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Summary: In this article, we’ll walk you through the ISO 27001 checklist you’ll use en route to your cybersecurity certification. From assigning roles to implementing controls, assessing risks, and documenting your processes for future audits, you can use the ISO 27001 compliance checklist to ensure you’re on the right track for your official audit. You’ll learn why an ISO 27001 requirements checklist is a good idea, what the path to information security looks like, and what the ISO 27001 preparation phase includes for most companies.
ISO 27001 Checklist Overview
The International Standards Organization (ISO) 27001 standard is one of 12 information security standards that are increasingly relevant in a world where companies need to convey their commitment to keeping the intellectual property, sensitive data, and personal information of customers safe.
Certification happens slowly, over the course of multiple ISO 27001 phases. The first step is deciding whether a company stands to benefit most from SOC 2 versus ISO 27001 certification, prepare for the costs of certification, and get an overview of the process when carrying out your ISO 27001 compliance checklist.
However, implementing ISO 27001 certification with or without an ISO 27001 checklist can be an overwhelming process with multiple moving parts. And after downloading the standards, companies can still be at a loss for how to implement them and pass an audit.
So why is an ISO 27001 checklist important? It directs information security teams to practical information about what they’ll need to prepare for certification, step by step. An ISO 27001 audit checklist streamlines the certification process and ensures that teams won’t overlook something over the course of four months (for small teams) to over a year (for large companies).
Finally, an ISO 27001 compliance checklist gives you a bird’s eye view of the recommended steps so you can allocate resources accordingly from the very beginning, saving time and energy.
ISO 27001 Checklist: 10 Steps to Compliance
This ISO 27001 controls checklist offers a framework, but the certification process looks different for every company and their distinct tech stacks. Some differences in the certification process emerge based on a company’s size, existing documentation, and your information security management system (ISMS).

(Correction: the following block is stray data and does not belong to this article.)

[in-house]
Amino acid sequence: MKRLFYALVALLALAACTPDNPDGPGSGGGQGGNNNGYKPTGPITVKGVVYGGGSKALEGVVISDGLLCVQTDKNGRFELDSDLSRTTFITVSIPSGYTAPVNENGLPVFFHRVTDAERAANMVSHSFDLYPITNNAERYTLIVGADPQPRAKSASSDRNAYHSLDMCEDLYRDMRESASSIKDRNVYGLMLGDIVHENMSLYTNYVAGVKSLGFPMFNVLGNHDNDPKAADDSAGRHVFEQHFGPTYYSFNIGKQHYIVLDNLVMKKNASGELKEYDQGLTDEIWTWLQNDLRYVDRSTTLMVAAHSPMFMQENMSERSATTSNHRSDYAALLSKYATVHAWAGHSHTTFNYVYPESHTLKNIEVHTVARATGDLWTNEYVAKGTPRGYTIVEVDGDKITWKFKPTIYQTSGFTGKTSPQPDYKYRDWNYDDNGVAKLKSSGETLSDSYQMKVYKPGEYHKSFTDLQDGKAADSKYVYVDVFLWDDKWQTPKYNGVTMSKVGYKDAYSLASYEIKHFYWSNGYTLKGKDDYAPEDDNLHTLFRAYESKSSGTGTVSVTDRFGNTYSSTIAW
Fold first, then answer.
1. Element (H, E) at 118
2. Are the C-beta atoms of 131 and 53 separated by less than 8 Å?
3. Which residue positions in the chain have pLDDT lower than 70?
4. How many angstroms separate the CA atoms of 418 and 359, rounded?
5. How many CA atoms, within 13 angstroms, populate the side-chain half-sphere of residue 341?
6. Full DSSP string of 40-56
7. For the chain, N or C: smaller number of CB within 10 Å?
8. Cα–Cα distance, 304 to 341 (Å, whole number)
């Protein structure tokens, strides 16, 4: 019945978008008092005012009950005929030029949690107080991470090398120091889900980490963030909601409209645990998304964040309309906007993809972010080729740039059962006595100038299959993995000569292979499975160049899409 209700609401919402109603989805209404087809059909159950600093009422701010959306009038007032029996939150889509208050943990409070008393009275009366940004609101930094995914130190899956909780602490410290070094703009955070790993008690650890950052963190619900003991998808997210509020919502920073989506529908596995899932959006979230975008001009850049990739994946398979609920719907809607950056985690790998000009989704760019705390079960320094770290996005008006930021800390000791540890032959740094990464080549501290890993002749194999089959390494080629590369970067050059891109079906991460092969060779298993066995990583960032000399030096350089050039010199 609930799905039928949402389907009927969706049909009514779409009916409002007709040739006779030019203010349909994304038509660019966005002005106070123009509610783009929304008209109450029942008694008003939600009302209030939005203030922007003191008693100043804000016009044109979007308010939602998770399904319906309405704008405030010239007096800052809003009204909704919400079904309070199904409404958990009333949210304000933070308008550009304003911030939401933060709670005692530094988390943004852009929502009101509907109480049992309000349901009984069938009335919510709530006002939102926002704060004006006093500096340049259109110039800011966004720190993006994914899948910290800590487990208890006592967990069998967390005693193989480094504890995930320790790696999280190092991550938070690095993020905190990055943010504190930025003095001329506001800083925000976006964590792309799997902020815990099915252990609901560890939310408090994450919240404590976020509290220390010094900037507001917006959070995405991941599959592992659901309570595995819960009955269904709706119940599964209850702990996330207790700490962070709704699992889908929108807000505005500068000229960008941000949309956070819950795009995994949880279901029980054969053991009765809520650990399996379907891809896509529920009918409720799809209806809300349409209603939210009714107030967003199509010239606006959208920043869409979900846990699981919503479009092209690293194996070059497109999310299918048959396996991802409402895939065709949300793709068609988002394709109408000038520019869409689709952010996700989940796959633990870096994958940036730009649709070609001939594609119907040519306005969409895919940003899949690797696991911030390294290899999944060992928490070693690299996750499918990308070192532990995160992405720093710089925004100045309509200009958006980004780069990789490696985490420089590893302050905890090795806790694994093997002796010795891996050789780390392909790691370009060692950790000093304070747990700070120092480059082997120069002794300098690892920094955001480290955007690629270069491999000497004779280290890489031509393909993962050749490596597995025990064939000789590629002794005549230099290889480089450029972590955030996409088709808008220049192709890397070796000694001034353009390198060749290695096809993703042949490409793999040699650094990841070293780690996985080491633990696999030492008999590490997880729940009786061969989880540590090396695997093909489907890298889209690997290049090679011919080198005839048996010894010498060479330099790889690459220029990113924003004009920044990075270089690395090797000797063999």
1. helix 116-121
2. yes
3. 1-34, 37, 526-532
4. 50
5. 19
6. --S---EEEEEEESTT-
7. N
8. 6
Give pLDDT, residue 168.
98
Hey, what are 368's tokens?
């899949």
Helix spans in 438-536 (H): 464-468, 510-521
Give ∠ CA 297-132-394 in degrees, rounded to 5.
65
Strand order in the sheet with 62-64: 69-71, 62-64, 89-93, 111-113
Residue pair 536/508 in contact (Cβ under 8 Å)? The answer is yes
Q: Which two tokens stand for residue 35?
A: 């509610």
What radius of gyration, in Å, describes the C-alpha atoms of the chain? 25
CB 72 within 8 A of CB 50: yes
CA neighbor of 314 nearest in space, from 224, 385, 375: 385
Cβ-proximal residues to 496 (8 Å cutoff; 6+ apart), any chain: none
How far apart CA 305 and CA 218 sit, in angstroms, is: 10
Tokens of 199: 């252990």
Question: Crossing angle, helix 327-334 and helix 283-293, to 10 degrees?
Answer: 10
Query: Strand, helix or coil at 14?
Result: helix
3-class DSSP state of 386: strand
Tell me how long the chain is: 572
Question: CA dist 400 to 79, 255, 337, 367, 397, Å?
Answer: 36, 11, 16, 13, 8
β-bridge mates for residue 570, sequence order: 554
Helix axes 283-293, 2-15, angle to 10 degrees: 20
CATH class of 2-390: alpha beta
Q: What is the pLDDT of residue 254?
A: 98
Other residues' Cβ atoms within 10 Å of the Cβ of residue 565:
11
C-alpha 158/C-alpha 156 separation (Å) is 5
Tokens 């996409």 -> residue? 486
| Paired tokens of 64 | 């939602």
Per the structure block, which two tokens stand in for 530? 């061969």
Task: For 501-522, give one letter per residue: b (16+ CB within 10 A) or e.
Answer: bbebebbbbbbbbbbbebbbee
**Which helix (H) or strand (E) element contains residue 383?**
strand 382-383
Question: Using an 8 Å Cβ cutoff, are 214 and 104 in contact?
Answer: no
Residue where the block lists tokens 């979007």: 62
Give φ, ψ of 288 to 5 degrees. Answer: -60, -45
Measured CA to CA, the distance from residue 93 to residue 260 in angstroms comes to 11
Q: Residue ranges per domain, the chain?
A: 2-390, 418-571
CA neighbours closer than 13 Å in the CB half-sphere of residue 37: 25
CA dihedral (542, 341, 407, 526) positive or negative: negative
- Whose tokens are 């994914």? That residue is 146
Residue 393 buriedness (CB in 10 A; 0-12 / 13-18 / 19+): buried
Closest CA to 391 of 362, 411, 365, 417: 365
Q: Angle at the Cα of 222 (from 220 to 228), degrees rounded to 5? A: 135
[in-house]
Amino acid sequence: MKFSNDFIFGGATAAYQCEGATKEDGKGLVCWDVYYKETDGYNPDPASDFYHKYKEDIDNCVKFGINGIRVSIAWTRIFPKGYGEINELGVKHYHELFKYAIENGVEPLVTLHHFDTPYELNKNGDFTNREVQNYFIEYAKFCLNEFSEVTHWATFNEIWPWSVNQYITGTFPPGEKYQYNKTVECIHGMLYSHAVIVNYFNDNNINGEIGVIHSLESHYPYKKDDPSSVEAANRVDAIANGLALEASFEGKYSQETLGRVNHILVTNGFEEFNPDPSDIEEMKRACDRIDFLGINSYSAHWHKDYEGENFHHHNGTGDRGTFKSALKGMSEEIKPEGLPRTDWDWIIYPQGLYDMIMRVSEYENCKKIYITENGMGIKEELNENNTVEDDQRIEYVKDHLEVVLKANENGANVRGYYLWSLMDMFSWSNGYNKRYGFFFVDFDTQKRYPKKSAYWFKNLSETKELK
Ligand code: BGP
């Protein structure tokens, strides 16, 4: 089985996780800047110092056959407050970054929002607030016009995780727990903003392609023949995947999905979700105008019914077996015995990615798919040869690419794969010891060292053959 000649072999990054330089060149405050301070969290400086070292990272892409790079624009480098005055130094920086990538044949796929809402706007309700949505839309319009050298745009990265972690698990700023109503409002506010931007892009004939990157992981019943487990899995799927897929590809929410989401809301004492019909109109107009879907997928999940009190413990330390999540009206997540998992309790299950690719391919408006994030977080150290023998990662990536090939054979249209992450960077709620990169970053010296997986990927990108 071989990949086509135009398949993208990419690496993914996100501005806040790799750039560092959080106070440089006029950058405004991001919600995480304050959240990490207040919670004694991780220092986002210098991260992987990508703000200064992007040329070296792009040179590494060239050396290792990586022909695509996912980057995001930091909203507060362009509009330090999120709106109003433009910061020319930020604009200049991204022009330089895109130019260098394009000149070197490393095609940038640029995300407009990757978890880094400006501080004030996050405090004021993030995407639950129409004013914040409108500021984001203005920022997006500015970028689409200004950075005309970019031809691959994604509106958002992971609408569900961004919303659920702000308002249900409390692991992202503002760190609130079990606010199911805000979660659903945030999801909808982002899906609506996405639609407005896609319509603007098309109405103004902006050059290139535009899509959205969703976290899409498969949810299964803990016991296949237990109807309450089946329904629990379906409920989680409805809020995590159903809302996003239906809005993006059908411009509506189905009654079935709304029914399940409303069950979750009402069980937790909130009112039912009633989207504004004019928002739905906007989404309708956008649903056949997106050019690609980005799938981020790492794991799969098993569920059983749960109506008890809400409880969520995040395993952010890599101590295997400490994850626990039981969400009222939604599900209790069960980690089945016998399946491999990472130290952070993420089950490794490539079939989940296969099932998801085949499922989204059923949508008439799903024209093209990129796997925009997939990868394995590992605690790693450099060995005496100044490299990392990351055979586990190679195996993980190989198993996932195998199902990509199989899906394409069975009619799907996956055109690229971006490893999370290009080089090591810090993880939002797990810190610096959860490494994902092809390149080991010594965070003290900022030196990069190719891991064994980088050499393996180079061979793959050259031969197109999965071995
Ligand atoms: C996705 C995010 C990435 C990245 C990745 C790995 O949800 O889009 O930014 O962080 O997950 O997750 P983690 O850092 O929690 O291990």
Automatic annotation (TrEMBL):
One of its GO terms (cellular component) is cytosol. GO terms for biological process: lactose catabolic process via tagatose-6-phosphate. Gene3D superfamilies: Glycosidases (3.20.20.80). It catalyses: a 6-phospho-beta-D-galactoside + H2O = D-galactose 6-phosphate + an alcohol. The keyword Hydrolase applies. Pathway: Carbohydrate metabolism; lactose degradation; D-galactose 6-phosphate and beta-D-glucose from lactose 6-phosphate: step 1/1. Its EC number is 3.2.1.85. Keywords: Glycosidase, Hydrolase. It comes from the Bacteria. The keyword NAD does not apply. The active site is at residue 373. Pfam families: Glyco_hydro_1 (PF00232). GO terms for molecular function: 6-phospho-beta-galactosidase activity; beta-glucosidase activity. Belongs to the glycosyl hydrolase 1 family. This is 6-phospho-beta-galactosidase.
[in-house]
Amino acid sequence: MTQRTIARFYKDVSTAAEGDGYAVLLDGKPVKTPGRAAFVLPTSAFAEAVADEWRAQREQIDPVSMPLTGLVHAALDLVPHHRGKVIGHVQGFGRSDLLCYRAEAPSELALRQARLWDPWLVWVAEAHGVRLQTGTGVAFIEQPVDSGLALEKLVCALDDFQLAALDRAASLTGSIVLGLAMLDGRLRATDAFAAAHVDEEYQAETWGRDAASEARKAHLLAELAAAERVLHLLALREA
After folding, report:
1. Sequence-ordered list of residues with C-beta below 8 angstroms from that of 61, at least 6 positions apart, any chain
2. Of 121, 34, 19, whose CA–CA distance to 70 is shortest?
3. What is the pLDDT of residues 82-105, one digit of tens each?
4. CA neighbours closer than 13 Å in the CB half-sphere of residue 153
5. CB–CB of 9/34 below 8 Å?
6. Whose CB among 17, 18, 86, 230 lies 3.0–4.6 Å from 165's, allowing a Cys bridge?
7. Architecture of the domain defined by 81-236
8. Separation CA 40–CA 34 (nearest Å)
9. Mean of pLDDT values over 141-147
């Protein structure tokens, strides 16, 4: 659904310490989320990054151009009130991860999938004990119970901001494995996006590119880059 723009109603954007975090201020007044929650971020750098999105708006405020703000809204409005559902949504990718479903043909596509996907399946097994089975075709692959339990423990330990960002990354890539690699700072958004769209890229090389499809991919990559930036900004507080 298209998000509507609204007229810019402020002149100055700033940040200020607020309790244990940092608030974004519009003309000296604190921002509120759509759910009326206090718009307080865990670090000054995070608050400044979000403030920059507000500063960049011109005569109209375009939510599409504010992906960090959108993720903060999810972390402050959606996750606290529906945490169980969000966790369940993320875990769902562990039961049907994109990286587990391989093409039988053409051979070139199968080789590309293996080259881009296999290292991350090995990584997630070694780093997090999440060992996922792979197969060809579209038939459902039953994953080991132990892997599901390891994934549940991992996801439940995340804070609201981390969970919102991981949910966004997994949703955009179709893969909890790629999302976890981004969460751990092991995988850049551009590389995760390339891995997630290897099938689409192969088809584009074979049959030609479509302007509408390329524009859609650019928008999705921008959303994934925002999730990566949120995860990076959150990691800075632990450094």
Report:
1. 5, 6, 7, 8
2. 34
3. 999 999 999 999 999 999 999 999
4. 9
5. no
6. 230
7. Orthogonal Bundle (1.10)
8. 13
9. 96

1. Assign roles
Some companies choose an in-house implementation lead and have employees create security documentation and conduct internal audits. Others prefer an outside consultant or contractors. The first step on your ISO 27001 checklist is to make this crucial decision based on your employees’ expertise and your capacity to divert teams from existing priorities for lengthy, in-depth security work.
2. Conduct a gap analysis
A gap analysis looks at your existing ISMS and documentation and compares them to the ISO 27001 standards, and you can get a better sense of what to look for, if conducting your own, with an ISO 27001 gap analysis checklist.
You’ll walk away from the analysis with compliance gaps that should define your preparation process and a timeline for how long it will take to reach compliance. Without this personalized roadmap, companies can spend time and money on projects that aren’t directly tied to certification.
3. Develop and document the parts of your ISMS required for certification
Companies undergoing certification for the first time will need to set up parts of their ISMS and identify the areas requiring protection. Your ISMS will consist of all the internal ISO 27001 policies and procedures in place for cybersecurity. It consists of people, processes, and technology, so it necessitates looking at how information is accessed, when, and by whom.
You’ll find all locations where data is stored, document how it is accessed, and make policies to protect it at these touchpoints (hint: you can find ISO 27001 templates for much of the work you’ll need to present at your audit). Consider both physical and digital data in this step.
4. Conduct an internal risk assessment
Now that you know all about your data, it’s time to document the known risks to that data. An ISO 27001 asset management checklist, ISO 27001 network security checklist, ISO 27001 firewall security audit checklist, or an ISO 27001 risk assessment checklist can help you identify and document these risks.
How likely are they to occur? How severe would the impact be if they occurred? How will you decide? The process starts with determining how you'll identify and rate risks. A risk matrix can help you prioritize high likelihood and high impact risks to sort them accordingly. For each risk, develop a response plan and assign team members accountable for following up. For external data centers, an ISO 27001 data center audit checklist can help you document quality control and security procedures.
5. Write a Statement of Applicability (SoA)
It’s time to dig into the ISO 27001 guidelines. In Annex A, you’ll find a list of 114 possible controls. Select those that address the risks you identified in your risk assessment. Then write a statement about which controls you will apply. You will need this document for the audit process.
6. Implement your controls
Now that you’ve compared your policies and systems to the ISO 27001 controls and applied controls to your own ISMS, it’s time for your workplace’s systems to reflect what you documented.
You may need to update software, procedures, or policies regarding how people handle data. For example, if you have verified that your organization will use cryptography to protect information confidentiality, you’ll need to add that layer to your stack.